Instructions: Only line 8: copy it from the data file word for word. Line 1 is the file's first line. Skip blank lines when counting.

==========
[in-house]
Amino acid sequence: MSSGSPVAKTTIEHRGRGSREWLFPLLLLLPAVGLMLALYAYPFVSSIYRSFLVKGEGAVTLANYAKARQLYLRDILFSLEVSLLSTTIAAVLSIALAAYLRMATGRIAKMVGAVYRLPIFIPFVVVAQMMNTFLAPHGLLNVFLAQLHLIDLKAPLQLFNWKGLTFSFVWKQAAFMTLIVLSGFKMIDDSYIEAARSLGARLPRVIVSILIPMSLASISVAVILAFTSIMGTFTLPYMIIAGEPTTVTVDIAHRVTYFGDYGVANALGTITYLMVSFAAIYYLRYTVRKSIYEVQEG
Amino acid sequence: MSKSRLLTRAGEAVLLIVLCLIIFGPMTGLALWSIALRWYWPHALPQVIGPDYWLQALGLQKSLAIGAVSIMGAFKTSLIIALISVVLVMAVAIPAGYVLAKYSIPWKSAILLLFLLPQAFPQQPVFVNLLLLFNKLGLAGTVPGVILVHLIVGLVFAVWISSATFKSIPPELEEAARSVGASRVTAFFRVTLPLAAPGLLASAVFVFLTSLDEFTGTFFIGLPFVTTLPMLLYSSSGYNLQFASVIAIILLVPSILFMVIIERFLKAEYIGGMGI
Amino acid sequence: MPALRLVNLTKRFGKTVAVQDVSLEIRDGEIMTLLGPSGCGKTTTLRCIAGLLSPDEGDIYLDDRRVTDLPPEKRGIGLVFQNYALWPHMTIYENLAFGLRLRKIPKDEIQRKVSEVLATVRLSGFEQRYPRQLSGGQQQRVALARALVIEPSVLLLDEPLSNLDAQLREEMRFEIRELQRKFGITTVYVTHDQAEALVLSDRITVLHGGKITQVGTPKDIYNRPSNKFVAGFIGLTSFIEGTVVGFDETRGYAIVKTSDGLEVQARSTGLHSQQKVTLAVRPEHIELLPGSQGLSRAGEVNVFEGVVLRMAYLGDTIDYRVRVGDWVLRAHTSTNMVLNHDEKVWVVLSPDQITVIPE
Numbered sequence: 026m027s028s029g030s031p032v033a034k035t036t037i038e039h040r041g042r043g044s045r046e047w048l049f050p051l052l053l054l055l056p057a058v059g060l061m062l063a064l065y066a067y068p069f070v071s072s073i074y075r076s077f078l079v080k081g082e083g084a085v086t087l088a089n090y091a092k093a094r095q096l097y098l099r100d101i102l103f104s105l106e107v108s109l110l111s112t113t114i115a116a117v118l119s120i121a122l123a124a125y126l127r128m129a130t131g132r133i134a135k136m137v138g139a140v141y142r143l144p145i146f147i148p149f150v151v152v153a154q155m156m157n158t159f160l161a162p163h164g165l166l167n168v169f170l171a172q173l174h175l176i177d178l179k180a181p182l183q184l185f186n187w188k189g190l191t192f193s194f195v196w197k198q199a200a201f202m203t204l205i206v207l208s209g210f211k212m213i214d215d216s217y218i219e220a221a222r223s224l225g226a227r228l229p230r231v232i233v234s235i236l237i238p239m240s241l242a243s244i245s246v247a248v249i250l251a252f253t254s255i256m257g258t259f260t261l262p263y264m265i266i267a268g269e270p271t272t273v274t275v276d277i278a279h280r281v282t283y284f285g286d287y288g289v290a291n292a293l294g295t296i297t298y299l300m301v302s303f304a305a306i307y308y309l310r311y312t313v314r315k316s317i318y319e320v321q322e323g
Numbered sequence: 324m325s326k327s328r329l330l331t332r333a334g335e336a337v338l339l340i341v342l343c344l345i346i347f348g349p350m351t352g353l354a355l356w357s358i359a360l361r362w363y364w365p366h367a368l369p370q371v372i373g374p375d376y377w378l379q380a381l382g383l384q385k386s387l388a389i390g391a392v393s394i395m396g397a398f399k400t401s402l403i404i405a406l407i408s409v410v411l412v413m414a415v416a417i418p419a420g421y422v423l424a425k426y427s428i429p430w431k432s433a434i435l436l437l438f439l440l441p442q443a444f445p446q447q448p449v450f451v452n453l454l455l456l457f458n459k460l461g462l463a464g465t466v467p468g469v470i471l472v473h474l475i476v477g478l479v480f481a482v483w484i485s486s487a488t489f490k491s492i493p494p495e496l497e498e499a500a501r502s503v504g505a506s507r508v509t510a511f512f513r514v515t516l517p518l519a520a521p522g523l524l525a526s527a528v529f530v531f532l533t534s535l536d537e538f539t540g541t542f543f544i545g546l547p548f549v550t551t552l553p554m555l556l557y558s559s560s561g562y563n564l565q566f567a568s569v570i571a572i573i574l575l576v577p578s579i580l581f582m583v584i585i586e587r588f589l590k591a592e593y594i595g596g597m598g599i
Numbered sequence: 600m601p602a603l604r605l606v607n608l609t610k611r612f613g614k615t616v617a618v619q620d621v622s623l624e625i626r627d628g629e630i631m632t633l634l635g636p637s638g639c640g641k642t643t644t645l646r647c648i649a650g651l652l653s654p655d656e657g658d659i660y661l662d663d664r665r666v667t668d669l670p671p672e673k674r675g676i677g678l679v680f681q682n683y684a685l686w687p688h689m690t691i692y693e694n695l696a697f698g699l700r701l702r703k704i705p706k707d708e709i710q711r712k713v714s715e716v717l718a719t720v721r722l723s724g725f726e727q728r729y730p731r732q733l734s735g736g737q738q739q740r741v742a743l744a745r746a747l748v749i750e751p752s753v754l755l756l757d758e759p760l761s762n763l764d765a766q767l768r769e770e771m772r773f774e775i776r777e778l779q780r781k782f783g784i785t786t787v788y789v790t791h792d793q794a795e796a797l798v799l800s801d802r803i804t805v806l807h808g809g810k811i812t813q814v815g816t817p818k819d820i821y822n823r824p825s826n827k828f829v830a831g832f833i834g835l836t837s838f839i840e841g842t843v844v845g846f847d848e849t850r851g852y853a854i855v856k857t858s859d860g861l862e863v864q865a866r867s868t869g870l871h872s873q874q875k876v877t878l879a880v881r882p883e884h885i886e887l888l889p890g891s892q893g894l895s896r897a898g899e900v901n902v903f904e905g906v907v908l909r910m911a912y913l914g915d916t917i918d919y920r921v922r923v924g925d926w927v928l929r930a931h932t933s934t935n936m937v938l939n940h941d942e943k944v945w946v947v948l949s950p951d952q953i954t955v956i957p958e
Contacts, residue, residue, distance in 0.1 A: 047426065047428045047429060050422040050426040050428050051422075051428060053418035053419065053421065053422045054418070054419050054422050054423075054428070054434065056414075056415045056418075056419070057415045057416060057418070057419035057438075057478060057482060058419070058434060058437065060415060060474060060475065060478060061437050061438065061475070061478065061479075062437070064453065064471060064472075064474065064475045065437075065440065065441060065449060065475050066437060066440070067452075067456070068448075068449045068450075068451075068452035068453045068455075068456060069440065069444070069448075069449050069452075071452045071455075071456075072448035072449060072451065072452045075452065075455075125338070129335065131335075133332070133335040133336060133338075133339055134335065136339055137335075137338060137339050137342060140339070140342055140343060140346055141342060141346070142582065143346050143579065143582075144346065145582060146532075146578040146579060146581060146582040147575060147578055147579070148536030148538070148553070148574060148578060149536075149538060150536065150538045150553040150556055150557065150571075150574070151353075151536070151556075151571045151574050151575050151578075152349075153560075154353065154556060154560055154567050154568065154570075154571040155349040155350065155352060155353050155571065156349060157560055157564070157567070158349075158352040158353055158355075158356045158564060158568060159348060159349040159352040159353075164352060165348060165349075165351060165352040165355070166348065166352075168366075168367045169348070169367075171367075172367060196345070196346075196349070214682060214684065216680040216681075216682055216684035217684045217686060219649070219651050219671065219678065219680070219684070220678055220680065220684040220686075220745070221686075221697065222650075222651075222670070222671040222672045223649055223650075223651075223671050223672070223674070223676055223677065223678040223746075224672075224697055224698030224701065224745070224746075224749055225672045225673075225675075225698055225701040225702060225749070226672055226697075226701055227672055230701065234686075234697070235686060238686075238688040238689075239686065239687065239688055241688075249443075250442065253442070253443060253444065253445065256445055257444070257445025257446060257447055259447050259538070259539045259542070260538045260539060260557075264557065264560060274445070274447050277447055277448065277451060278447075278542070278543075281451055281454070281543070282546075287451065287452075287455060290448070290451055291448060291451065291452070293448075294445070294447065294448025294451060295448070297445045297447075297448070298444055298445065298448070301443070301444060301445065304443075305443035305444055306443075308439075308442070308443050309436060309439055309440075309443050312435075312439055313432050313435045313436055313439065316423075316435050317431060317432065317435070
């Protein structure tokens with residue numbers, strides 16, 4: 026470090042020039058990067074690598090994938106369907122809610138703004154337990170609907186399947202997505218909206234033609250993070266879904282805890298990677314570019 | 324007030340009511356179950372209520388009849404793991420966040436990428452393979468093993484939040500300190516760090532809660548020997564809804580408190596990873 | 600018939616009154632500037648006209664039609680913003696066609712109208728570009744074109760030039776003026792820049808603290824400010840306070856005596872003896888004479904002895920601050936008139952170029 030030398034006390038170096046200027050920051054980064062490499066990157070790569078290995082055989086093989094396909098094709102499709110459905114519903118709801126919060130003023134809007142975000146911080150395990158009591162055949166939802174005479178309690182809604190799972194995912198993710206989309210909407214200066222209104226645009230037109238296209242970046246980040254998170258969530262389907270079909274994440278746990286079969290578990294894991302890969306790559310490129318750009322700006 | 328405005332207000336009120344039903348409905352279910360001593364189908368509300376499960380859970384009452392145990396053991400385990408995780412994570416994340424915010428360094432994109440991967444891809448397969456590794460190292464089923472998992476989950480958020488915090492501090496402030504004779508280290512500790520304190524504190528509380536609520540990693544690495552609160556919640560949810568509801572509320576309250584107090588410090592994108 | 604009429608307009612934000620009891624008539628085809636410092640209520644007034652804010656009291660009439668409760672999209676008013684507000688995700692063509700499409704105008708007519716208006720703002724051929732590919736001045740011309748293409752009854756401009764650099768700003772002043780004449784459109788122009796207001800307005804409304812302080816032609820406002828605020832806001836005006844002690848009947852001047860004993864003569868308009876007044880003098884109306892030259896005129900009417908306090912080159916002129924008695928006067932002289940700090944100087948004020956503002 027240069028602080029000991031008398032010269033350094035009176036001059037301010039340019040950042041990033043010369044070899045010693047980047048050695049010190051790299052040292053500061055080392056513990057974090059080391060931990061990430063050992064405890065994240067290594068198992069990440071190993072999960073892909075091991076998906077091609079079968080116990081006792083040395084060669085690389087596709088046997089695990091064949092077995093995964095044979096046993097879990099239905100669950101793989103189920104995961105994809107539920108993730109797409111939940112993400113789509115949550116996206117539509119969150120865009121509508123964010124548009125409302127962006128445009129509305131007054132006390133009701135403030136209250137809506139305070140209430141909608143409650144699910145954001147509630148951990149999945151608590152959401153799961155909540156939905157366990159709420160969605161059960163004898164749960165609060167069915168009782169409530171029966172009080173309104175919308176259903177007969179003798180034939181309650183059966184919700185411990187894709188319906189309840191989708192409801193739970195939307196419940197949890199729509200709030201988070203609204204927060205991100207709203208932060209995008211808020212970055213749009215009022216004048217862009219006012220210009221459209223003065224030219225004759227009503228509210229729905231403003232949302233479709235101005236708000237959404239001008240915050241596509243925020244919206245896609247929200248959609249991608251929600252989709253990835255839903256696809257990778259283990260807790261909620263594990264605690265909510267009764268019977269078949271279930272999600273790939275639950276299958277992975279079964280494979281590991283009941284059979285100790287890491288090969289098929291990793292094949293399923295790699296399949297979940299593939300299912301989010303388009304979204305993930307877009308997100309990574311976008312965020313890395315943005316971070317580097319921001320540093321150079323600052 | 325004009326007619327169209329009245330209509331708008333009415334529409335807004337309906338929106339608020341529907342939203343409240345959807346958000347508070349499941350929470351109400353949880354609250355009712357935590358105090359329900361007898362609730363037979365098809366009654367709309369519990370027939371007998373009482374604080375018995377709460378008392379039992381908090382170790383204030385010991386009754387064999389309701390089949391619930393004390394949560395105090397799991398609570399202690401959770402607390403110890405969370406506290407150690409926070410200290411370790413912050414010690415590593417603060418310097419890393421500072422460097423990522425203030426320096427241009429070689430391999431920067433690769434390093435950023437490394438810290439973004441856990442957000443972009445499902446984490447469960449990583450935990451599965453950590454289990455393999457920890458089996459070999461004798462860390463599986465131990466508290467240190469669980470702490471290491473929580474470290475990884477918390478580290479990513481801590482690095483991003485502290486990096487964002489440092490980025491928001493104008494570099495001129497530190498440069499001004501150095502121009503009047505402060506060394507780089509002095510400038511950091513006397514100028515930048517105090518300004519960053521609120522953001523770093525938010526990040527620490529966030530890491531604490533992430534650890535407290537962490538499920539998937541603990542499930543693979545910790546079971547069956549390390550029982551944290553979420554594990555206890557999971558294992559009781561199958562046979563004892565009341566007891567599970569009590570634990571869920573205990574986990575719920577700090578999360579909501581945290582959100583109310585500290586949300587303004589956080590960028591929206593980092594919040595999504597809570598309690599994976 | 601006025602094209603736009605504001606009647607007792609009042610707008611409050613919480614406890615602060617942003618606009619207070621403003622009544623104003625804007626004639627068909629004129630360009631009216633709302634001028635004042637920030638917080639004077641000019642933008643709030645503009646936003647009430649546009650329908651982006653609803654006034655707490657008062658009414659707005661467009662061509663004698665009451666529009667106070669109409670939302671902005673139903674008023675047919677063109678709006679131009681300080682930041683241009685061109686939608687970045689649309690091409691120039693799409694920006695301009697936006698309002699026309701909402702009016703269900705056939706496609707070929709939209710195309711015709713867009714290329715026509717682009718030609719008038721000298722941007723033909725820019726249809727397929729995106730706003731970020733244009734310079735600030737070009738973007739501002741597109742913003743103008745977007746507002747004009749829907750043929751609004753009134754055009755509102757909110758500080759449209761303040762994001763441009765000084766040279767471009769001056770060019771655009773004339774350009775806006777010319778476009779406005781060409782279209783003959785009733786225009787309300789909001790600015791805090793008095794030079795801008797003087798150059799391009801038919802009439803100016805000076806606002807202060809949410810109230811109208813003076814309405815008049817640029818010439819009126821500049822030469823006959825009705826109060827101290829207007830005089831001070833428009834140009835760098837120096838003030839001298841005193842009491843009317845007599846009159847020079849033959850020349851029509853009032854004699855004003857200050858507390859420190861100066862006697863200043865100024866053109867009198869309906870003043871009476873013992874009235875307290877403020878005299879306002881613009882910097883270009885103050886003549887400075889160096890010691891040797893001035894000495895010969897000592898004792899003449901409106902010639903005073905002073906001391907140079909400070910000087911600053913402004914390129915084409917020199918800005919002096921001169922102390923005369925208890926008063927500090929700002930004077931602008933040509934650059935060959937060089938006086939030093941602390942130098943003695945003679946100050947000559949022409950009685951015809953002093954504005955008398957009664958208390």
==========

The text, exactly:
Contacts, residue, residue, distance in 0.1 A: 047426065047428045047429060050422040050426040050428050051422075051428060053418035053419065053421065053422045054418070054419050054422050054423075054428070054434065056414075056415045056418075056419070057415045057416060057418070057419035057438075057478060057482060058419070058434060058437065060415060060474060060475065060478060061437050061438065061475070061478065061479075062437070064453065064471060064472075064474065064475045065437075065440065065441060065449060065475050066437060066440070067452075067456070068448075068449045068450075068451075068452035068453045068455075068456060069440065069444070069448075069449050069452075071452045071455075071456075072448035072449060072451065072452045075452065075455075125338070129335065131335075133332070133335040133336060133338075133339055134335065136339055137335075137338060137339050137342060140339070140342055140343060140346055141342060141346070142582065143346050143579065143582075144346065145582060146532075146578040146579060146581060146582040147575060147578055147579070148536030148538070148553070148574060148578060149536075149538060150536065150538045150553040150556055150557065150571075150574070151353075151536070151556075151571045151574050151575050151578075152349075153560075154353065154556060154560055154567050154568065154570075154571040155349040155350065155352060155353050155571065156349060157560055157564070157567070158349075158352040158353055158355075158356045158564060158568060159348060159349040159352040159353075164352060165348060165349075165351060165352040165355070166348065166352075168366075168367045169348070169367075171367075172367060196345070196346075196349070214682060214684065216680040216681075216682055216684035217684045217686060219649070219651050219671065219678065219680070219684070220678055220680065220684040220686075220745070221686075221697065222650075222651075222670070222671040222672045223649055223650075223651075223671050223672070223674070223676055223677065223678040223746075224672075224697055224698030224701065224745070224746075224749055225672045225673075225675075225698055225701040225702060225749070226672055226697075226701055227672055230701065234686075234697070235686060238686075238688040238689075239686065239687065239688055241688075249443075250442065253442070253443060253444065253445065256445055257444070257445025257446060257447055259447050259538070259539045259542070260538045260539060260557075264557065264560060274445070274447050277447055277448065277451060278447075278542070278543075281451055281454070281543070282546075287451065287452075287455060290448070290451055291448060291451065291452070293448075294445070294447065294448025294451060295448070297445045297447075297448070298444055298445065298448070301443070301444060301445065304443075305443035305444055306443075308439075308442070308443050309436060309439055309440075309443050312435075312439055313432050313435045313436055313439065316423075316435050317431060317432065317435070